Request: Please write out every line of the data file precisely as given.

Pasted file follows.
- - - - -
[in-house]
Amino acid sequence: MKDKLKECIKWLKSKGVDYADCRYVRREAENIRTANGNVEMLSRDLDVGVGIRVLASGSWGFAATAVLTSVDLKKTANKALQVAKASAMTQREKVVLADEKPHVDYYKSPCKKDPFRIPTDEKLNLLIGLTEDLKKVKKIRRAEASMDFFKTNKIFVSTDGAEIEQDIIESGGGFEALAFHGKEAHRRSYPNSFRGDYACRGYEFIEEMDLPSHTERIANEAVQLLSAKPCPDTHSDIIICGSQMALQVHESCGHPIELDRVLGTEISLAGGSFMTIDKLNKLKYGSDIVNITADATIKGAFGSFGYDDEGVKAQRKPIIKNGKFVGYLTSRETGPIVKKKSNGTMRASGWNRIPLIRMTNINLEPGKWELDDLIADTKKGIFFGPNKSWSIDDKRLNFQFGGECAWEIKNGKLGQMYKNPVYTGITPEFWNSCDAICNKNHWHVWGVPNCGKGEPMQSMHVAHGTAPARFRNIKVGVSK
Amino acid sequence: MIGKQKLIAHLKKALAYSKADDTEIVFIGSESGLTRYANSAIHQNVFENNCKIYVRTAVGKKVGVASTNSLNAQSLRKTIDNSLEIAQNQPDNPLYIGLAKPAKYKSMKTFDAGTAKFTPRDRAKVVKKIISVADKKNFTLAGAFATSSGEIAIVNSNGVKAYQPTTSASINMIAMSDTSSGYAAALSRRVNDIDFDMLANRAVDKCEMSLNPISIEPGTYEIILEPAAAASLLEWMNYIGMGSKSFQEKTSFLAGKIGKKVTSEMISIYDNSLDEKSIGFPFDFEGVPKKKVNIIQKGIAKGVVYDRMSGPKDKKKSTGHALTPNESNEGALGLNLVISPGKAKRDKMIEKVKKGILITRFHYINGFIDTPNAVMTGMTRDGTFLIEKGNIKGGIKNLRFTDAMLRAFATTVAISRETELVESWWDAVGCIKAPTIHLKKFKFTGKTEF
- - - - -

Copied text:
[in-house]
Amino acid sequence: MKDKLKECIKWLKSKGVDYADCRYVRREAENIRTANGNVEMLSRDLDVGVGIRVLASGSWGFAATAVLTSVDLKKTANKALQVAKASAMTQREKVVLADEKPHVDYYKSPCKKDPFRIPTDEKLNLLIGLTEDLKKVKKIRRAEASMDFFKTNKIFVSTDGAEIEQDIIESGGGFEALAFHGKEAHRRSYPNSFRGDYACRGYEFIEEMDLPSHTERIANEAVQLLSAKPCPDTHSDIIICGSQMALQVHESCGHPIELDRVLGTEISLAGGSFMTIDKLNKLKYGSDIVNITADATIKGAFGSFGYDDEGVKAQRKPIIKNGKFVGYLTSRETGPIVKKKSNGTMRASGWNRIPLIRMTNINLEPGKWELDDLIADTKKGIFFGPNKSWSIDDKRLNFQFGGECAWEIKNGKLGQMYKNPVYTGITPEFWNSCDAICNKNHWHVWGVPNCGKGEPMQSMHVAHGTAPARFRNIKVGVSK
Amino acid sequence: MIGKQKLIAHLKKALAYSKADDTEIVFIGSESGLTRYANSAIHQNVFENNCKIYVRTAVGKKVGVASTNSLNAQSLRKTIDNSLEIAQNQPDNPLYIGLAKPAKYKSMKTFDAGTAKFTPRDRAKVVKKIISVADKKNFTLAGAFATSSGEIAIVNSNGVKAYQPTTSASINMIAMSDTSSGYAAALSRRVNDIDFDMLANRAVDKCEMSLNPISIEPGTYEIILEPAAAASLLEWMNYIGMGSKSFQEKTSFLAGKIGKKVTSEMISIYDNSLDEKSIGFPFDFEGVPKKKVNIIQKGIAKGVVYDRMSGPKDKKKSTGHALTPNESNEGALGLNLVISPGKAKRDKMIEKVKKGILITRFHYINGFIDTPNAVMTGMTRDGTFLIEKGNIKGGIKNLRFTDAMLRAFATTVAISRETELVESWWDAVGCIKAPTIHLKKFKFTGKTEF